But this new club is not an on-to-the-next kind of establishment. Most customers who spend any kind of money have their favorite waitress up in VIP already. If you don't have one of those customers, you are stuck in the rotation where you simply get whatever customer walks in the door next, and if it's the homeless guy who comes in and buys an iced tea (the only drink that comes with free refills), tips you fifty cents and crouches in an empty dance booth all afternoon rocking back and forth and oggling the stage, well that's your fucking luck.
In two days I made $72. And on the third day I called the manager and told him I appreciated his help and wouldn't be back. I didn't really have to call. Most girls just disappear without a trace but for some reason I was inclined to be professional.
I spent the day aimlessly, but not a peacefully. I'm like a cow dog. If I don't have enough to do I chew on the furniture. Finally, around midnight, after a solid day of watching me pace the floor and whimper, C. got sick of me and threw me out of the house. "Come back when you've worked it off, whatever it is," said my sweetie, and locked the door behind me.
I rode my bike around in the dark for a while, and then I called the Satanist. He was home and said I could come by, so I tooled over through the steamy streets and we sat in his midnight garden and smoked a joint. It hasn't been the simplest thing to make a real friendship out of our stripper/customer relationship, but we have made some progress, and it's been worth it.
I like the Satanist because you don't have to downplay the drama in things to get him to take them seriously. He believes in karma and chi and magic and the collective consciousness and all that shit. So I can tell him about the apocolyptic vision, fire falling from the sky, and see it catch in his eyes behind those Grandad glasses. I tell him how my mother stood dumbstruck in her yard one day last month and saw the funnel of a tornado lift into the sky and pass over the farmhouse in a rain of leaves. We talked about the storm that tore through town a few weeks ago, blowing over trees and plowing up graves in the cemetery, cracking the plot-stones in half and up-ending them.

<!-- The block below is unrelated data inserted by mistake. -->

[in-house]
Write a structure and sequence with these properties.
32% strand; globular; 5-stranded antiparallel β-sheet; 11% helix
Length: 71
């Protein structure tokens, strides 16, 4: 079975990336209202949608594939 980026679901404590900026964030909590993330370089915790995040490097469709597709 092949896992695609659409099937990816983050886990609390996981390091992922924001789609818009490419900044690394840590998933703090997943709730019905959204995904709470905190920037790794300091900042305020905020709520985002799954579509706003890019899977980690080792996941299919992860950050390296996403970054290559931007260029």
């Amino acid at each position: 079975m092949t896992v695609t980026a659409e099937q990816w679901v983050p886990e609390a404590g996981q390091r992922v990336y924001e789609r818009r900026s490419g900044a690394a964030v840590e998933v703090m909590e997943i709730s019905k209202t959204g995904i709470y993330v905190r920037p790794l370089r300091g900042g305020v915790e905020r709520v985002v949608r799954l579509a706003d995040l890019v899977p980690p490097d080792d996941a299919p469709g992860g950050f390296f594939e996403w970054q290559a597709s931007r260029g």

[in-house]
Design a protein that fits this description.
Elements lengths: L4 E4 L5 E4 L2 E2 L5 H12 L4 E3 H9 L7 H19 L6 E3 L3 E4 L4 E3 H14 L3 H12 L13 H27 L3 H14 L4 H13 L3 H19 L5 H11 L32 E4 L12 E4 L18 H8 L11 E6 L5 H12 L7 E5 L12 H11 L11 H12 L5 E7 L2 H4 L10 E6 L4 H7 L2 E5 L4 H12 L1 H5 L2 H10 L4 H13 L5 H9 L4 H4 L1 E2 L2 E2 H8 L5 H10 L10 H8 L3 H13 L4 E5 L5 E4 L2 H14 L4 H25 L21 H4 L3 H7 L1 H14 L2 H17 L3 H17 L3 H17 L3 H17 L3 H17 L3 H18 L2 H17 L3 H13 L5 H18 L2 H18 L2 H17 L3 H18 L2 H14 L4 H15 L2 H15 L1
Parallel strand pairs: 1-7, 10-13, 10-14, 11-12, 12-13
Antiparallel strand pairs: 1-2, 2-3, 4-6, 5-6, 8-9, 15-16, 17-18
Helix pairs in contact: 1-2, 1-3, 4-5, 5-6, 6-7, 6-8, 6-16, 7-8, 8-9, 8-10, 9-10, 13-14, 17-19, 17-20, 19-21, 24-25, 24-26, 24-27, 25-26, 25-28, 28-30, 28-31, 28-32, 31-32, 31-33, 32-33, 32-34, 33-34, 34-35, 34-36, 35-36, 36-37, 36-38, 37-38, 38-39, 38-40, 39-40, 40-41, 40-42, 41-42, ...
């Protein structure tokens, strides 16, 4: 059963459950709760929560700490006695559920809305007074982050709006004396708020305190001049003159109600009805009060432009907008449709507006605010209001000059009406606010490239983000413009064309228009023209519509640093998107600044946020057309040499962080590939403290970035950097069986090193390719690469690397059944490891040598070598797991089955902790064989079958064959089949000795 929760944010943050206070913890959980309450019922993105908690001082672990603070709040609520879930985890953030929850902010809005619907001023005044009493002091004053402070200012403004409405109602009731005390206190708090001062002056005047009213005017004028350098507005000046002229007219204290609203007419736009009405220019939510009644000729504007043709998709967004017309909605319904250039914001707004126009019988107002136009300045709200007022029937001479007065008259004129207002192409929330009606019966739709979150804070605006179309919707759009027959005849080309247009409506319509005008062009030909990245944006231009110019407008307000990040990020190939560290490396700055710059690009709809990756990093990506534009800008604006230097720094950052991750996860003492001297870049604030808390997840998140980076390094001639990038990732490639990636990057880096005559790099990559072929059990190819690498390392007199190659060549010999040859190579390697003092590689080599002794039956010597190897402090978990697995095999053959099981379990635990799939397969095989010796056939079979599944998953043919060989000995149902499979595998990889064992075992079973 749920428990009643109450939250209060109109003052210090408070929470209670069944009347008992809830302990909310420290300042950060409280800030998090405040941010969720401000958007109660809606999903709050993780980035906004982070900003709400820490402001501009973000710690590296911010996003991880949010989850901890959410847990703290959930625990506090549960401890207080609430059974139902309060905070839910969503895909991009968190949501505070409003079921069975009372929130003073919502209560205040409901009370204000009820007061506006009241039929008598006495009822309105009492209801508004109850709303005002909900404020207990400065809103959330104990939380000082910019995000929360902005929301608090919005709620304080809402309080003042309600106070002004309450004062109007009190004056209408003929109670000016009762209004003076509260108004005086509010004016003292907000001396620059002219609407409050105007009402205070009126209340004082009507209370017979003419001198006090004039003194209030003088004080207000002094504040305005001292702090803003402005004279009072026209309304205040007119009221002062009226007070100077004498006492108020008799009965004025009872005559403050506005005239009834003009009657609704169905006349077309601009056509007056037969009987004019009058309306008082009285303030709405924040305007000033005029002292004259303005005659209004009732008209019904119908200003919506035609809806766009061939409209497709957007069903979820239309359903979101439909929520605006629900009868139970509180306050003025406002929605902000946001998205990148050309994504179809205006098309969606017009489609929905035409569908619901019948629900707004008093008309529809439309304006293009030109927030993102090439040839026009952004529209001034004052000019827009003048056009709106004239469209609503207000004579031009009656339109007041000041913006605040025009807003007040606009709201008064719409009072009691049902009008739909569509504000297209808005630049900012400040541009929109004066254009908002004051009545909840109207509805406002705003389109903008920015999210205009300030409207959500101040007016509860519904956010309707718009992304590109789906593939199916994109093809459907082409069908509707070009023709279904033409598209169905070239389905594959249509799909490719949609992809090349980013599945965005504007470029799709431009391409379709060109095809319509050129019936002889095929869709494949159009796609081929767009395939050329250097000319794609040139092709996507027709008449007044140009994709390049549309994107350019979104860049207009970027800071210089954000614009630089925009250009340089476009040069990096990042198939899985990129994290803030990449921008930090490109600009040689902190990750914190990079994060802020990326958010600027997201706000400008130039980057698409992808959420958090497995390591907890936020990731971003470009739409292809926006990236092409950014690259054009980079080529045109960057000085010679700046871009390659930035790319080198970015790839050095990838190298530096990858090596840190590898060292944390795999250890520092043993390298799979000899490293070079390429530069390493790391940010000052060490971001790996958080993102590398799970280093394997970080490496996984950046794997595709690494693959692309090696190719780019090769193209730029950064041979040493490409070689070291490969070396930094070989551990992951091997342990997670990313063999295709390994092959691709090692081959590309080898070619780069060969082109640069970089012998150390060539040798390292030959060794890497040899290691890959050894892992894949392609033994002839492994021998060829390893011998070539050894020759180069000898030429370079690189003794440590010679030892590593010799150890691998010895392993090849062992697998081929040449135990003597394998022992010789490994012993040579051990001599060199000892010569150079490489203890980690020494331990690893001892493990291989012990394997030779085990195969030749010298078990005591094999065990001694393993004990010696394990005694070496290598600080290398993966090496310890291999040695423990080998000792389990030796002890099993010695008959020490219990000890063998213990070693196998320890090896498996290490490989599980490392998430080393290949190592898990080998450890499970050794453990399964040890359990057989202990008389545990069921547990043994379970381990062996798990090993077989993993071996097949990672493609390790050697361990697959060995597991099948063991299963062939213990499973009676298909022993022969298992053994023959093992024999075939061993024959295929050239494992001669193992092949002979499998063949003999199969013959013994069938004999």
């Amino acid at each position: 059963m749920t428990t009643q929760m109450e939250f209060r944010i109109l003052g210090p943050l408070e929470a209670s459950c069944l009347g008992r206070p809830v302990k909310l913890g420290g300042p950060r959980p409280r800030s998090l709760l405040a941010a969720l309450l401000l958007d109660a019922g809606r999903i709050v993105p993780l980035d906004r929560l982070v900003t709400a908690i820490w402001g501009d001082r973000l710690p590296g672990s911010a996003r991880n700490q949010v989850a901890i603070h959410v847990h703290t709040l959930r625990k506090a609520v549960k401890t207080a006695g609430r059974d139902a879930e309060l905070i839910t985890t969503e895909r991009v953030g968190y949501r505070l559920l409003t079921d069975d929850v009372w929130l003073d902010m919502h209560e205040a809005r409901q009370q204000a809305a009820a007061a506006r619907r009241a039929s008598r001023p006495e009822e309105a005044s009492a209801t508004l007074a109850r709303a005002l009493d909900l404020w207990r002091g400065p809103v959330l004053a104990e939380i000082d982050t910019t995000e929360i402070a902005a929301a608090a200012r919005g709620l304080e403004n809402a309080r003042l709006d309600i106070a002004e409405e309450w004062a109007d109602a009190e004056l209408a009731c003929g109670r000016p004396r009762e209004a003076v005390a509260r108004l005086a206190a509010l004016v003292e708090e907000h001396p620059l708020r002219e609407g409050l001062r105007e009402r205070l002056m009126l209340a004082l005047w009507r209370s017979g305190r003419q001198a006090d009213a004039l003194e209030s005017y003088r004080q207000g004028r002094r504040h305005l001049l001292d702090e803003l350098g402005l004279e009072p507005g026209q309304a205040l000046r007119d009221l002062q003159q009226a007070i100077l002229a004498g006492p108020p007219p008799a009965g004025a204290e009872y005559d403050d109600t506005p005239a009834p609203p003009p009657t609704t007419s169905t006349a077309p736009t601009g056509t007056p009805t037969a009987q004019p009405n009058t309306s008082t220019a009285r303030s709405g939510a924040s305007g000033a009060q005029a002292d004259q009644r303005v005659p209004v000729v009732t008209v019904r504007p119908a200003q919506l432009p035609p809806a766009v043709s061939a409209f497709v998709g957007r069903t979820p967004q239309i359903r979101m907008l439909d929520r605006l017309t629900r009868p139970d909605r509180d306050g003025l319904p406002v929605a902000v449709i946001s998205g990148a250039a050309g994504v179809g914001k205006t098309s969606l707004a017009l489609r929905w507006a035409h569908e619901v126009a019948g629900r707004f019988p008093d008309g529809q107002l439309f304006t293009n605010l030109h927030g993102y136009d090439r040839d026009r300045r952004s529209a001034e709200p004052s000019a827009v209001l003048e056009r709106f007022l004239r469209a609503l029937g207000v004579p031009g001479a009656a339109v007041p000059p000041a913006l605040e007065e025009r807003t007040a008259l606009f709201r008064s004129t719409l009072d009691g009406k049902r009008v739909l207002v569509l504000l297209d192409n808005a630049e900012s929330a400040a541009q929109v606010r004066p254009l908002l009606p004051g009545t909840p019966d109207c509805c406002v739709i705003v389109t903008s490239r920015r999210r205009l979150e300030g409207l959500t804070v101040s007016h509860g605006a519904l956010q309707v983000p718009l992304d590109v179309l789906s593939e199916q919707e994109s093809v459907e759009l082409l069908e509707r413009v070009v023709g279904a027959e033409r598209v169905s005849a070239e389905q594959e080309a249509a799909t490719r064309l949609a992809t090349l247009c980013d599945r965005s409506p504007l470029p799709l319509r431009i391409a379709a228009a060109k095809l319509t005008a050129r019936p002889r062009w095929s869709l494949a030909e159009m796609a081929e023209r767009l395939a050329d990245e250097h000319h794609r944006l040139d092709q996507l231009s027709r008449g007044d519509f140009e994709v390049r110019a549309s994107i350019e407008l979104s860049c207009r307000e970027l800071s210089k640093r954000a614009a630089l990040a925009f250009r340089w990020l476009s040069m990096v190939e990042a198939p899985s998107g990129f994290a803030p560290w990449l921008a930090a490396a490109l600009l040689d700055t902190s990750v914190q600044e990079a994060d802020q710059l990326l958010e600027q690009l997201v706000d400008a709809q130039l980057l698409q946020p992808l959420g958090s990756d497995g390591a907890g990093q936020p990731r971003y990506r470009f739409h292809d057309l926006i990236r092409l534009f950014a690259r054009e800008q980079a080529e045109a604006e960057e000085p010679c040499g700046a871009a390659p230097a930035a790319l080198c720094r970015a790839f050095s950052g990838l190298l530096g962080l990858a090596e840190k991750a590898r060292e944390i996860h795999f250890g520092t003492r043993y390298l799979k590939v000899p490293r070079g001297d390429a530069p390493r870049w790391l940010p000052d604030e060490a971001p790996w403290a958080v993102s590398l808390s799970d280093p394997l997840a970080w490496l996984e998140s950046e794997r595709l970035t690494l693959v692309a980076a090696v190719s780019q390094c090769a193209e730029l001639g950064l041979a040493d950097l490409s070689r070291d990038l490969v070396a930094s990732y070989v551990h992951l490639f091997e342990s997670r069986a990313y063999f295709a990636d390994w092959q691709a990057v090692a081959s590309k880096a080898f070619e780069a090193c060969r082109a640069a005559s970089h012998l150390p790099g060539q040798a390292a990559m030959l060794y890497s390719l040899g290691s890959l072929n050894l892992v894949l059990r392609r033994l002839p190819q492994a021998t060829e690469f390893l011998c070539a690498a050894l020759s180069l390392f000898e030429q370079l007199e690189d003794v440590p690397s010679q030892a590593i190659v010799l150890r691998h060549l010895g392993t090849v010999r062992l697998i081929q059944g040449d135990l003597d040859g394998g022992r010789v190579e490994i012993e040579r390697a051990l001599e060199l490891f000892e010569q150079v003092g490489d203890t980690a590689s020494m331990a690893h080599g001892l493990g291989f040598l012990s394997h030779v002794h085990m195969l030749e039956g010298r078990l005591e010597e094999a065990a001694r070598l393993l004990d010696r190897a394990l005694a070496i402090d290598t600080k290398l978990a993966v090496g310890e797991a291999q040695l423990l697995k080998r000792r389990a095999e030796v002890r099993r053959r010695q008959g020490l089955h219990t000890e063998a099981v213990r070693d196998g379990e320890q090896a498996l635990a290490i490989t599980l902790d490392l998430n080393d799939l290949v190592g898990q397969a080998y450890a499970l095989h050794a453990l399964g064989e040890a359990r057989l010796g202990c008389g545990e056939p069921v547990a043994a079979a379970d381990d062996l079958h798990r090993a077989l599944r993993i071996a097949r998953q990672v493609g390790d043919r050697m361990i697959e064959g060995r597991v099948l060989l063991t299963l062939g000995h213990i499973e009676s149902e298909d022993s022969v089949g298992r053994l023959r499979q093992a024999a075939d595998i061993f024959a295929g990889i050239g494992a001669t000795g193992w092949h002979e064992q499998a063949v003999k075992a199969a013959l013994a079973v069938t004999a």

I lay on my back on the patio playing with the leaves of the rubber plant. I said, "Is the world ending?" and he squinted at me like a medicine man and said, "Dying people always think the word is ending."
So I told him I couldn't dance anymore, and I didn't know why, and it wasn't dancing that had changed, of course, but me. I couldn't blow the bad stuff off any more and my compassion was exhausted and I didn't think I gave a damn anymore about a single person in the whole world. And he said "Garbage in, garbage out, honey. How much shit can you take in without putting some of it back out?"
"It didn't used to bother me so much. I thought I could take in all the bad and make it good."
He nods. "You did," he said. "You did have that. But it's gone."
I tell him my chest is so tight it feels like a fist is squeezing my heart, milking my adrenal glands into my bloodstream till my body is a factory that never shuts down. I haven't really slept in days. And he doesn't ask me what I mean, because he knows what I mean, and he doesn't say he's sorry, because this is just life.
And then we smoke some more and he takes me around and shows me the holes that the hail made in the garden. He doesn't touch me once, and I am so grateful I could cry. For a minute I get confused and try to tell him how much I like him and why, but he frowns at me and things get weird for a second. "What are you doing?" he says. "Why do you do that? Why do you tell everybody what they want to hear? You're so transparent it's ridiculous."
It's too late to argue and I'm too stoned. I try to smile and not too long later he kicks me ever so gently back out into the night so he can get back to the work of whatever it is he does in his haunted house all night long. I take the hint and hug him and go. He locks the door behind me and I point my bike back towards home pushing myself up the hills and sweating and when I get home I feel so quiet and good, it's like it rained inside of me.